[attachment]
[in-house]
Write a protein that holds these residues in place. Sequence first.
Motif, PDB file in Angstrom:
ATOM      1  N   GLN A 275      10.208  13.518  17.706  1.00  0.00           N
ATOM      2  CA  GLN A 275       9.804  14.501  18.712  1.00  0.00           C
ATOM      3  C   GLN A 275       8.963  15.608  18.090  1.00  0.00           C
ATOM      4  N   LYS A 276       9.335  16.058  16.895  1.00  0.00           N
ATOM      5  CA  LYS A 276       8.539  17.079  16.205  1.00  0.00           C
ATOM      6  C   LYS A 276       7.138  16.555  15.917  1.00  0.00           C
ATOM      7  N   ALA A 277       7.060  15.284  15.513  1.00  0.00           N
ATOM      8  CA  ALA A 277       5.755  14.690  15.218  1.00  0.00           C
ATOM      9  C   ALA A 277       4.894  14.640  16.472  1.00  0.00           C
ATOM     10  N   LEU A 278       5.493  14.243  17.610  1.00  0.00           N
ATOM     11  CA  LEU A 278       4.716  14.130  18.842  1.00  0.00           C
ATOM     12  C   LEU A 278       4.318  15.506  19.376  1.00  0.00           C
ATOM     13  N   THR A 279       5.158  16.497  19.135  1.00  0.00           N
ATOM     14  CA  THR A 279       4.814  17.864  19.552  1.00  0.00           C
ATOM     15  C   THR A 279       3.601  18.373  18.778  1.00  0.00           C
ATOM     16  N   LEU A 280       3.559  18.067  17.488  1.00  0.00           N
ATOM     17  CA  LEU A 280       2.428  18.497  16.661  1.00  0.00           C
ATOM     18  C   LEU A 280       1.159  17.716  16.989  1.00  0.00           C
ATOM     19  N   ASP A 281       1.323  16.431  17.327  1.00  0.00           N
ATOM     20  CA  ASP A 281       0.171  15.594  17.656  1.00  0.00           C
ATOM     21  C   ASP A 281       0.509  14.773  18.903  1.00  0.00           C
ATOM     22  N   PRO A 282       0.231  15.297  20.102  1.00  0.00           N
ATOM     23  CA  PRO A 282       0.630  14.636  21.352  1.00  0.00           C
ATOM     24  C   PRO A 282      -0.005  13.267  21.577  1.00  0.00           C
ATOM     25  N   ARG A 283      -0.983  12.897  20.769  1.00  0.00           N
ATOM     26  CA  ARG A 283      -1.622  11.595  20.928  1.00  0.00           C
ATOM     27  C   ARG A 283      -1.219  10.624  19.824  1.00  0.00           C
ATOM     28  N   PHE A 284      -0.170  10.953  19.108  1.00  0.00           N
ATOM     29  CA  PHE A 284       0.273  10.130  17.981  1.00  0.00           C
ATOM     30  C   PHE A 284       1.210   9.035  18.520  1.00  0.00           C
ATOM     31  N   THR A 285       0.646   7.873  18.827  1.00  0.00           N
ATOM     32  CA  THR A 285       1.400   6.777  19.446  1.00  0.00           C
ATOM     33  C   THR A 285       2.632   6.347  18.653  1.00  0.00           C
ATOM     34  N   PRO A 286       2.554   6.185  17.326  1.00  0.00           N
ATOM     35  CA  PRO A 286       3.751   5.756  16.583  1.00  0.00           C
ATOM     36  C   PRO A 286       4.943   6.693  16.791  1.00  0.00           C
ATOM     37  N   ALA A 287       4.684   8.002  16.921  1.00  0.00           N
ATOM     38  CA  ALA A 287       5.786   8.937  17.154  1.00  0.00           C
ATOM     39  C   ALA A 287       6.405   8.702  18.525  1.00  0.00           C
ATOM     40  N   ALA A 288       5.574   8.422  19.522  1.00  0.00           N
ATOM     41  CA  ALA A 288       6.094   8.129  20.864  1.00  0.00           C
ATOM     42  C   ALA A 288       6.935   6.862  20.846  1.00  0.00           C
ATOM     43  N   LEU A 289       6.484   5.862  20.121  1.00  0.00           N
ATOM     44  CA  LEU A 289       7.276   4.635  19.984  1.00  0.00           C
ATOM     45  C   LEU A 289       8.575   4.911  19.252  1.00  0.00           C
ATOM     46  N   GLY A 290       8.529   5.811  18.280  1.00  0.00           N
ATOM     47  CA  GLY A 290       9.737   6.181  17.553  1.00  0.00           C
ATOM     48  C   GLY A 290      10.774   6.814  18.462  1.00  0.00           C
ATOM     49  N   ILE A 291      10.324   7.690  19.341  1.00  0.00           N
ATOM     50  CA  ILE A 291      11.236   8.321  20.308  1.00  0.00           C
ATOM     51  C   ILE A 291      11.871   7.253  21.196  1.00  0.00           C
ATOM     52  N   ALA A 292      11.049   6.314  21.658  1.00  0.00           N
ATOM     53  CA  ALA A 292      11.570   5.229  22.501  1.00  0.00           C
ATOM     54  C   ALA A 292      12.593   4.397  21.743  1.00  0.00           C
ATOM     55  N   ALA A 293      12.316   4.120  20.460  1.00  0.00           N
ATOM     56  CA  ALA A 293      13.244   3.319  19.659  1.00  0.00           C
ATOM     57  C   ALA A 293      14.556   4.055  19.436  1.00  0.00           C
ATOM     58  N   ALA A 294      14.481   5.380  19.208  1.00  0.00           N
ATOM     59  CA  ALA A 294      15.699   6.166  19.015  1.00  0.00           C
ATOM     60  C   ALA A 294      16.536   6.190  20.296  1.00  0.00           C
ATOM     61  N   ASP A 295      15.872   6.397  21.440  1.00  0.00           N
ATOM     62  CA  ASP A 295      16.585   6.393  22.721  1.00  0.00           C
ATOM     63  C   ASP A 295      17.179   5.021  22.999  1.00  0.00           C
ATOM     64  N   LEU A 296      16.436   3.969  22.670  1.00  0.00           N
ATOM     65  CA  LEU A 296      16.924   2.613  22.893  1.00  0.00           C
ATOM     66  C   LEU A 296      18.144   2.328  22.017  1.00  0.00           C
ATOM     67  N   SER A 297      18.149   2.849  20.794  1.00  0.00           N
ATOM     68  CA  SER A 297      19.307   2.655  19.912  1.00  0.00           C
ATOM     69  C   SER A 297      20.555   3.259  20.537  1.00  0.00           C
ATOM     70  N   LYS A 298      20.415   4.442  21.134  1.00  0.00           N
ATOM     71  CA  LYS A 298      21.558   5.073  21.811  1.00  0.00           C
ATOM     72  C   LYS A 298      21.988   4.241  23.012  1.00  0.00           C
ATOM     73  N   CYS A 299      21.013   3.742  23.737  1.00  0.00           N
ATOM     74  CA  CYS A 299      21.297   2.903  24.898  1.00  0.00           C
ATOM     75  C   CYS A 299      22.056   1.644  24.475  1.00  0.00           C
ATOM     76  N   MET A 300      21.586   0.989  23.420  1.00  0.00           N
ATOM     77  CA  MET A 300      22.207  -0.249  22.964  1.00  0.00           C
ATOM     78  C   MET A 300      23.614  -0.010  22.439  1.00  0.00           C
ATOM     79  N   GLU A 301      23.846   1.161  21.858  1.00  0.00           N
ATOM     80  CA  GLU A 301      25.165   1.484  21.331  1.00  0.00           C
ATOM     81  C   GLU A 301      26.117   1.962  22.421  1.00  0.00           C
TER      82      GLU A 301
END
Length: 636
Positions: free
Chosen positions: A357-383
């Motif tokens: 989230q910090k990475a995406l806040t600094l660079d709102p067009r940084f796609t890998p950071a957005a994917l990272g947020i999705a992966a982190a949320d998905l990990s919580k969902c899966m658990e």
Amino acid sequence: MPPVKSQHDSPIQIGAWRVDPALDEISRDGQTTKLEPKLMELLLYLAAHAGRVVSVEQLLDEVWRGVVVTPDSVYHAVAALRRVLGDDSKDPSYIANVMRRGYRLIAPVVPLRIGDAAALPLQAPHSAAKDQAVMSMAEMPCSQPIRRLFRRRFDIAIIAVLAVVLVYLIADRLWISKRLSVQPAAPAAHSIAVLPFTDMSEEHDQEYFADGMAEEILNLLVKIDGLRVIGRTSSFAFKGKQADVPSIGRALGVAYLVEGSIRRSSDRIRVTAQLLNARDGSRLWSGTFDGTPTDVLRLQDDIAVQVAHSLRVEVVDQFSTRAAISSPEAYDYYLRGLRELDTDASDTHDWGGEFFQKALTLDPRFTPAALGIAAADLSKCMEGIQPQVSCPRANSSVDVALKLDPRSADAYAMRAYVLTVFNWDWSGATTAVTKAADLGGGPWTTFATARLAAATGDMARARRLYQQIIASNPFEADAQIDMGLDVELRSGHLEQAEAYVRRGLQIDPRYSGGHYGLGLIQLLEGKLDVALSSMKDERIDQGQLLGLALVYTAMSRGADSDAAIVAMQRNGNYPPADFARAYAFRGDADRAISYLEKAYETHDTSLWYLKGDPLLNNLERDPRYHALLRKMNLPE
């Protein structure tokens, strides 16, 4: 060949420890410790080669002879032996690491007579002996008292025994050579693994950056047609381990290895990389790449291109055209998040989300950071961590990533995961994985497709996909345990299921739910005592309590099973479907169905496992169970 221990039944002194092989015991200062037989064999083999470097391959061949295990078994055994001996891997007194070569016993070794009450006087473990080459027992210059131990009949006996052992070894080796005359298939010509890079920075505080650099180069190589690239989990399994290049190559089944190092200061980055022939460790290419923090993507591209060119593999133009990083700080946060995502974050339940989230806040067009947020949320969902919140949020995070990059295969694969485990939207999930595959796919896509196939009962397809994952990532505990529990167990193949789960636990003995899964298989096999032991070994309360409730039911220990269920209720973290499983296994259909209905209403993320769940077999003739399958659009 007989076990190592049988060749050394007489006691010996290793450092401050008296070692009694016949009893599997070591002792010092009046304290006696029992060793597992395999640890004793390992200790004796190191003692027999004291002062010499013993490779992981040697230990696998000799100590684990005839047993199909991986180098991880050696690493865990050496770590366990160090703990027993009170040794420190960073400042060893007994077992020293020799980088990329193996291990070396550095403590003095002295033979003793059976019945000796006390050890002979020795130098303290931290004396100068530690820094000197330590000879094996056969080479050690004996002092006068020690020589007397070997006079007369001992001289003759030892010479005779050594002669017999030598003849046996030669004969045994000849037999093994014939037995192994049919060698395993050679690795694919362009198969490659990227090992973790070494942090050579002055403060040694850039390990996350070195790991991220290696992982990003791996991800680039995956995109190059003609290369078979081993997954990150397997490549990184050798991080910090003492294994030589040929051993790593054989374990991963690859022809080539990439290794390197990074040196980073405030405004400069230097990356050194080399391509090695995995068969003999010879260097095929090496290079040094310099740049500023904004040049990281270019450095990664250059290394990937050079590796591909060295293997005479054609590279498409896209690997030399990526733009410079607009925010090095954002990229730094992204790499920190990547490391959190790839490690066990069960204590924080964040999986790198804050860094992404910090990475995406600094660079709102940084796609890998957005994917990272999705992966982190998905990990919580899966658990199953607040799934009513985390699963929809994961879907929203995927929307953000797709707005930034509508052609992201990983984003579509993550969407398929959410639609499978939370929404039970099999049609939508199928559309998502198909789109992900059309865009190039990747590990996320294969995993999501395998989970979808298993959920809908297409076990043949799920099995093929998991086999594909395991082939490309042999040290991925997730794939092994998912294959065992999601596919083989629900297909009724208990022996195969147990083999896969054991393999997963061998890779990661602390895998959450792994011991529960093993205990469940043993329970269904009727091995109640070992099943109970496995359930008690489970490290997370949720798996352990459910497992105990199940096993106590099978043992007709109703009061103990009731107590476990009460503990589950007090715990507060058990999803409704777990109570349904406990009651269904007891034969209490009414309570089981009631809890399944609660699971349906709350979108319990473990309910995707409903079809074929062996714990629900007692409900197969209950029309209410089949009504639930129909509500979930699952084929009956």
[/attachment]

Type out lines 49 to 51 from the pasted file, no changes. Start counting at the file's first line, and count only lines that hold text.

ATOM     46  N   GLY A 290       8.529   5.811  18.280  1.00  0.00           N
ATOM     47  CA  GLY A 290       9.737   6.181  17.553  1.00  0.00           C
ATOM     48  C   GLY A 290      10.774   6.814  18.462  1.00  0.00           C